Wages, inflation, and cause and effect

INTROSPECTIVE - Tony F. Katigbak - The Philippine Star

What is a recipe for a shaky growing economy? It’s the fact that people are spending more to buy essential goods and services to live at higher prices, but continue to sink into debt and financial instability to do it. This is what seems to be happening as we continue economic recovery, but fail to increase the basic wages while doing it.

After all, similar to the law of supply and demand and causality, one thing improving without the other will lead to an imbalance that will one day implode. And we are seeing out – quickly for most families and slower for others.

Poverty has increased significantly since the global pandemic. While there is work to be found these days – the truth is that salaries continue to go down, and income is regularly declining. This is all happening at a time when the cost of living has never been higher. What will we expect, except a growing imbalance that threatens to topple over any day?

Even before, we debated the livability of minimum wage, with people saying a family of four can live on P12,000 a month – an earmark of minimum wage earners. We all know this is ludicrous (it was even then and even more so now), and many wage-givers for minimum-salary jobs have failed to reexamine that this is no longer enough – especially now.

However, again – supply and demand. Because many Filipinos need the money so badly, they can’t afford to risk losing even a job that pays them so little. So, they continue. Those who were lucky enough or had enough time squeezed in more extra jobs to supplement their income, but even this was barely enough to make ends meet.

Since coming out of the pandemic, this has not improved. If anything, it has gotten even harder. As the prices of commodities continue to increase throughout the past year and income has been on the decline, more Filipinos have had to increase their borrowings just to be able to keep up. And this doesn’t look like it will change any time soon.

A recent survey showed that inflation and the impact of the pandemic have resulted in accelerated interest and borrowing in the past year, and growing Filipino debt. It is getting bigger and bigger. While this has allowed many families to survive daily, it leaves them with rocky tomorrows built on a house of card of debt that can fall at any time.

The survey revealed that Filipinos are borrowing more frequently than before because over 24 percent have noted that the money they earn is not enough or barely enough for essentials. So, they are forced to think about today and put off worrying about tomorrow for another day. While this works in the short run, it’s not sustainable and will be an even bigger problem in the long run.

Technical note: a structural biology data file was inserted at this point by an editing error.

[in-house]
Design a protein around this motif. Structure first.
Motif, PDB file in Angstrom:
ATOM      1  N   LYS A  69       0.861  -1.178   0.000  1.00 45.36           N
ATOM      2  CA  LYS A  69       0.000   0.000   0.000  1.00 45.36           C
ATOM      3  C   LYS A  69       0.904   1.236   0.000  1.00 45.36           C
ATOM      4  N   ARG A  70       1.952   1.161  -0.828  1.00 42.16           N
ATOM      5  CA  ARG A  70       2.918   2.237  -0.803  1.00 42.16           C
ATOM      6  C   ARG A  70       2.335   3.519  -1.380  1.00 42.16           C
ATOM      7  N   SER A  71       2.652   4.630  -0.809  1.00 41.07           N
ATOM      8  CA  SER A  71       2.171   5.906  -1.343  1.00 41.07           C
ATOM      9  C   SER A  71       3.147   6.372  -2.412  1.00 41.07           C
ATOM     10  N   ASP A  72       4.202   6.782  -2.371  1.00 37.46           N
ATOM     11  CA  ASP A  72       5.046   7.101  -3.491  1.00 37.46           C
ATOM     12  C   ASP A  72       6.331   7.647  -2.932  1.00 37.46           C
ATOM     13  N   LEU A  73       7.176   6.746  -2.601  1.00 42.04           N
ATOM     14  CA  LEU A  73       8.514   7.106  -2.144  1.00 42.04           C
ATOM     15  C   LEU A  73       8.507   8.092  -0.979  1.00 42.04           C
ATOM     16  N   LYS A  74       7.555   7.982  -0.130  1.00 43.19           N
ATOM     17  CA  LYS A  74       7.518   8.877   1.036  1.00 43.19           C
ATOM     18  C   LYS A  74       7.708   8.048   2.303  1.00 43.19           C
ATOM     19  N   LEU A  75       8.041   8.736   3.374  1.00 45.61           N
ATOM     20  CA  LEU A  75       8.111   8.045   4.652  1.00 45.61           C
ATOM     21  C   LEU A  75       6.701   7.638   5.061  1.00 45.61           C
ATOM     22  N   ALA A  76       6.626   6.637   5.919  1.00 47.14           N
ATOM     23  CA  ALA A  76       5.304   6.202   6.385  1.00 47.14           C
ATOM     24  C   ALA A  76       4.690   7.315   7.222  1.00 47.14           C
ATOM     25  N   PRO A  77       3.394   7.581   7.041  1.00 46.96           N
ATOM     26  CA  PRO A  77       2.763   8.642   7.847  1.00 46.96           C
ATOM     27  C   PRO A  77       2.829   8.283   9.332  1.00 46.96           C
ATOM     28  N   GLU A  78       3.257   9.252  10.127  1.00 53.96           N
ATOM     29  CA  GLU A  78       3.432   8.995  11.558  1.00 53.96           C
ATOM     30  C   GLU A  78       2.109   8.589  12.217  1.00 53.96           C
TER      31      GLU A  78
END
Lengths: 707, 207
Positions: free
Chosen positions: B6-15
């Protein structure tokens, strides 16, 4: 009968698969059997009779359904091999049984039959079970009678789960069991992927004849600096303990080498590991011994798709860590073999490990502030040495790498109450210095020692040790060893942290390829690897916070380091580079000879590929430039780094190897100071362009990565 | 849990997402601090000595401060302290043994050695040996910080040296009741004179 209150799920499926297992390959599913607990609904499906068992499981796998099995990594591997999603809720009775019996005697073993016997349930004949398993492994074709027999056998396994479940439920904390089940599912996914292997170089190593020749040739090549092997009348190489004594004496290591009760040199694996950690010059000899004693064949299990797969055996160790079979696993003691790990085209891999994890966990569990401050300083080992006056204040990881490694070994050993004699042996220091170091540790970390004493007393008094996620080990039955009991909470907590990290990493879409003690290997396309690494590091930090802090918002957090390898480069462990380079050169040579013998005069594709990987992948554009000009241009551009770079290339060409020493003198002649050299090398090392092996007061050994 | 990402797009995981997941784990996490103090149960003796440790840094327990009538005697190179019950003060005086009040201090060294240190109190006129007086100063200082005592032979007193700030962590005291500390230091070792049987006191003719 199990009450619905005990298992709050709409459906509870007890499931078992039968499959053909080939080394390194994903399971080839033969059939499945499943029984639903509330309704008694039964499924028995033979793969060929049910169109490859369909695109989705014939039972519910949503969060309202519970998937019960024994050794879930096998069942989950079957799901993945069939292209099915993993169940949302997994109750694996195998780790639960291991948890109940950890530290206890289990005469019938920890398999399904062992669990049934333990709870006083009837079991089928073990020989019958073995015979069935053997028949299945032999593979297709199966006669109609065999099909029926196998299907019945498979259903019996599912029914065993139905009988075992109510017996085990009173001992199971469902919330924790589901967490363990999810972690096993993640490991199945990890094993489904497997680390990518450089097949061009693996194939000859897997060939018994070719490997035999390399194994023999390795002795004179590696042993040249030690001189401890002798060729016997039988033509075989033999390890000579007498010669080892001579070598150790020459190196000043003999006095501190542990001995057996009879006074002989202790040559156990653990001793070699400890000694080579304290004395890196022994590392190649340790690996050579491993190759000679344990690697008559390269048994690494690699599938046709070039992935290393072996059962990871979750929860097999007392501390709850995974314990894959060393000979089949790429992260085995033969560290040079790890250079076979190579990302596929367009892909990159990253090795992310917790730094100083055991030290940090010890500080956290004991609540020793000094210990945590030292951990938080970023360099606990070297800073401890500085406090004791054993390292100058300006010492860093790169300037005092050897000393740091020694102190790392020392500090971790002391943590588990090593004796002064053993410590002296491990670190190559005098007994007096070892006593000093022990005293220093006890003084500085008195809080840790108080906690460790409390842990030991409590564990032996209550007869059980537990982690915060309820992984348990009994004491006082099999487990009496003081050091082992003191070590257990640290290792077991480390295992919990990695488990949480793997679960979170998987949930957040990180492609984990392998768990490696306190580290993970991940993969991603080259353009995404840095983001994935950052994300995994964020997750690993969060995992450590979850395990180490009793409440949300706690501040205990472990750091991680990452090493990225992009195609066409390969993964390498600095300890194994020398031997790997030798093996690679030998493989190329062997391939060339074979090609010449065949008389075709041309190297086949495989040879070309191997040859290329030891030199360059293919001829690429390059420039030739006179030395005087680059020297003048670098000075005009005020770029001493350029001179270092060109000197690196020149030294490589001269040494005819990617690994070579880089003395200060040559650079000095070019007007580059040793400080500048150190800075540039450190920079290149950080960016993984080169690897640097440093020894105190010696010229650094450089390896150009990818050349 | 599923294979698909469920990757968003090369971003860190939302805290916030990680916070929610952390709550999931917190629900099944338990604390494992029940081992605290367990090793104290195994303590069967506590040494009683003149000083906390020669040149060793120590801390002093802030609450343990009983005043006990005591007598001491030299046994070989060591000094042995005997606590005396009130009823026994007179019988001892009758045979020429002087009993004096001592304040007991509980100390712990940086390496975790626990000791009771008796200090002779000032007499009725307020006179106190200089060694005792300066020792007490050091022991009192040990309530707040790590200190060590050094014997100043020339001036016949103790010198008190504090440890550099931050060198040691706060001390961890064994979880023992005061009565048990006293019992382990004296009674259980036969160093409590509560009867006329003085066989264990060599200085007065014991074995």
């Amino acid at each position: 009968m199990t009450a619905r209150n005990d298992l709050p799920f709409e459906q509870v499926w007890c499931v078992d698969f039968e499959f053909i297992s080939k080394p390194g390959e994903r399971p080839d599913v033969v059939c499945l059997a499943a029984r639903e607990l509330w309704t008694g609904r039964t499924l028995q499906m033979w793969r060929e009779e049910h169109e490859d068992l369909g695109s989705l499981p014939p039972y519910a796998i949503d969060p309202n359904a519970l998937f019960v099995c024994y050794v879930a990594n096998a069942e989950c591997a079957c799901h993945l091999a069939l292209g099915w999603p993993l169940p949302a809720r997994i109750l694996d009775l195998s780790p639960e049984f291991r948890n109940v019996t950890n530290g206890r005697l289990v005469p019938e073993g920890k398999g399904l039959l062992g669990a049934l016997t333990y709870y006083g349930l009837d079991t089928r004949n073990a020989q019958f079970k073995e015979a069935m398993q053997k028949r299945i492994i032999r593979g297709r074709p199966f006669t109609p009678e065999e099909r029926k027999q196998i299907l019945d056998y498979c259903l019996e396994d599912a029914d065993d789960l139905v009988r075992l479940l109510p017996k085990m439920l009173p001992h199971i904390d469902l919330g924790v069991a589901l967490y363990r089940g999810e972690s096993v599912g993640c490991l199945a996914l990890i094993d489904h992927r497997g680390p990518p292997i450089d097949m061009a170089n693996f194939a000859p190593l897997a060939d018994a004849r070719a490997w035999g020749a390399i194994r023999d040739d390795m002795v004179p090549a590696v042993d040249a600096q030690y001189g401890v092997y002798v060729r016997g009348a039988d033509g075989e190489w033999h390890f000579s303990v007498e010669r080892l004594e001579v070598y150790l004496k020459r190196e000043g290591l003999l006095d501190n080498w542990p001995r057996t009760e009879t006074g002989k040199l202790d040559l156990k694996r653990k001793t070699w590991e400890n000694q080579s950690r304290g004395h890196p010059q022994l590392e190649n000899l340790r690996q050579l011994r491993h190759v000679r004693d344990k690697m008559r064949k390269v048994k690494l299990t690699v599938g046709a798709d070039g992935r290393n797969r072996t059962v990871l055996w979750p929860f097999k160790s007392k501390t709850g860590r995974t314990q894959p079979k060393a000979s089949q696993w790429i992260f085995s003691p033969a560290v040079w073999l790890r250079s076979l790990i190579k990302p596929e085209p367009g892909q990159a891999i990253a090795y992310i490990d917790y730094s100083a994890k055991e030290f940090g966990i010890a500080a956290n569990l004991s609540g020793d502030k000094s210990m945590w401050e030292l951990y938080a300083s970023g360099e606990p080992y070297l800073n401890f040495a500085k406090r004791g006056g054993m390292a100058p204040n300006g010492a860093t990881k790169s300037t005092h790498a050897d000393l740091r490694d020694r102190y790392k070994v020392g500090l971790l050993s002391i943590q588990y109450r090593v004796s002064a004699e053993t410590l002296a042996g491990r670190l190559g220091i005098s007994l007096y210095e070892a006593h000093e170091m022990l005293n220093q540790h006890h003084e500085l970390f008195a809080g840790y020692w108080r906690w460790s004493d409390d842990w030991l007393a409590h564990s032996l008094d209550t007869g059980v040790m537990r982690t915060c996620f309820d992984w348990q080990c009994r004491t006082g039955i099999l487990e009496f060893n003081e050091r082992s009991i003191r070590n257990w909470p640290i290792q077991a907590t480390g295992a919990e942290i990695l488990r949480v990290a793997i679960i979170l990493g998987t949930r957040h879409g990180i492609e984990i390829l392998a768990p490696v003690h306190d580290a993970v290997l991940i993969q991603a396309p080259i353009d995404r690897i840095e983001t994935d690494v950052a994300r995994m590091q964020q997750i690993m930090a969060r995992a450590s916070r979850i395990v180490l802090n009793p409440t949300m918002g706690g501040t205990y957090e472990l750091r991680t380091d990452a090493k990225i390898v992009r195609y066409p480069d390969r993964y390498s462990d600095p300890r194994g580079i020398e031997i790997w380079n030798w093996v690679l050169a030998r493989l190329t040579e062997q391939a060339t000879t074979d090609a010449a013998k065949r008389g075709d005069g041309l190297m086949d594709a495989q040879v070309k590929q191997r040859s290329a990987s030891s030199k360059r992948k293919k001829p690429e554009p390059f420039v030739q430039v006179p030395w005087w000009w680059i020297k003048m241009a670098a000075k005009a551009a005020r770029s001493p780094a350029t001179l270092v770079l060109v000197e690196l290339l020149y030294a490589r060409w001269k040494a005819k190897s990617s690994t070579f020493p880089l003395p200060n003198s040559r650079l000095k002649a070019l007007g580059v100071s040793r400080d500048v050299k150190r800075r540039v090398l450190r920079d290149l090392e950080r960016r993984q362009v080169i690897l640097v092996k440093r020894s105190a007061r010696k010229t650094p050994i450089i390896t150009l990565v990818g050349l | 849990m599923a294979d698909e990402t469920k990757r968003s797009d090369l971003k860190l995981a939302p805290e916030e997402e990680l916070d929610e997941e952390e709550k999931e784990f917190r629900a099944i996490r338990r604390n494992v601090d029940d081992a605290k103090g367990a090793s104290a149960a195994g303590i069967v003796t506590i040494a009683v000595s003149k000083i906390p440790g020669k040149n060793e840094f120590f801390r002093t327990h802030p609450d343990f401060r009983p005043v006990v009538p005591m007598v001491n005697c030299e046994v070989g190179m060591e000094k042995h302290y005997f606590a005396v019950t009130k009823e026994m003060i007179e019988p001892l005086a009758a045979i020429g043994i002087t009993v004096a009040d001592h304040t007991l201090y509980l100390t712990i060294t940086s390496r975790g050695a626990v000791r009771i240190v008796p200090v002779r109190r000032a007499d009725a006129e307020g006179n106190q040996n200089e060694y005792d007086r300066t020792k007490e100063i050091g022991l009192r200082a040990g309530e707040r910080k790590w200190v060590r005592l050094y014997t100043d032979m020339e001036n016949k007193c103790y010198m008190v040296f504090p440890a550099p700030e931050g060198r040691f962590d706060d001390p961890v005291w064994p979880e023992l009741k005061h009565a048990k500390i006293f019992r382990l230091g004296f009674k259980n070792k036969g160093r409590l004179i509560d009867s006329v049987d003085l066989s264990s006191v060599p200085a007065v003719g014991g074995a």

Where does this leave the working Filipino – on shaky ground, to say the least? While there is still a number of Filipino who need work badly, they will continue to accept a minimum wage that can’t support basic living and will continue to find alternative ways to try to supplement their income.

We need to focus on finding ways to bridge this divide. Increased spending, coupled with increased borrowing isn’t giving the country the financial boost and economic recovery comeback we are hoping to achieve. If anything, it’s built on a shaky foundation that can, and most likely, will collapse in the future.

We must find long-term sustainable solutions if we want our economy to recover. This has been a problem in most of our COVID response programs. Sustainability has always been a problem with government support and subsidies, especially in a country like ours with limited resources and numerous subsidized programs that require extensive funding.

It is not just for food, but also programs like education and healthcare that are impacted by sustainability woes. While many programs are launched to provide essential goods, schooling or medical care to Filipinos in need, these aren’t sustainable due to funding and other problems.

It isn’t just everyday Filipinos falling into debt to survive. The country is also struggling to buoy the economy, and with the accumulated massive debt on the recovery journey. An approach that also isn’t sustainable.

So, what do we do now? It’s like we are caught between a rock and a hard place trying to figure out what to do next. There isn’t a straightforward answer. This will take a lot of changes ranging from wage increase support, subsidies, more robust economic policies, infrastructure, and so much more. It’s not a simple overnight fix, but a multi-step journey.

We must start now if we want to see changes sometime soon. We can’t just keep maintaining the status quo because the status quo is just not cutting it anymore. It’s time we start thinking about the future -- and not just today -- because if we do, we can begin to make fundamental changes that will hopefully positively impact the lives of every Filipino and their ability to meet their basic needs.

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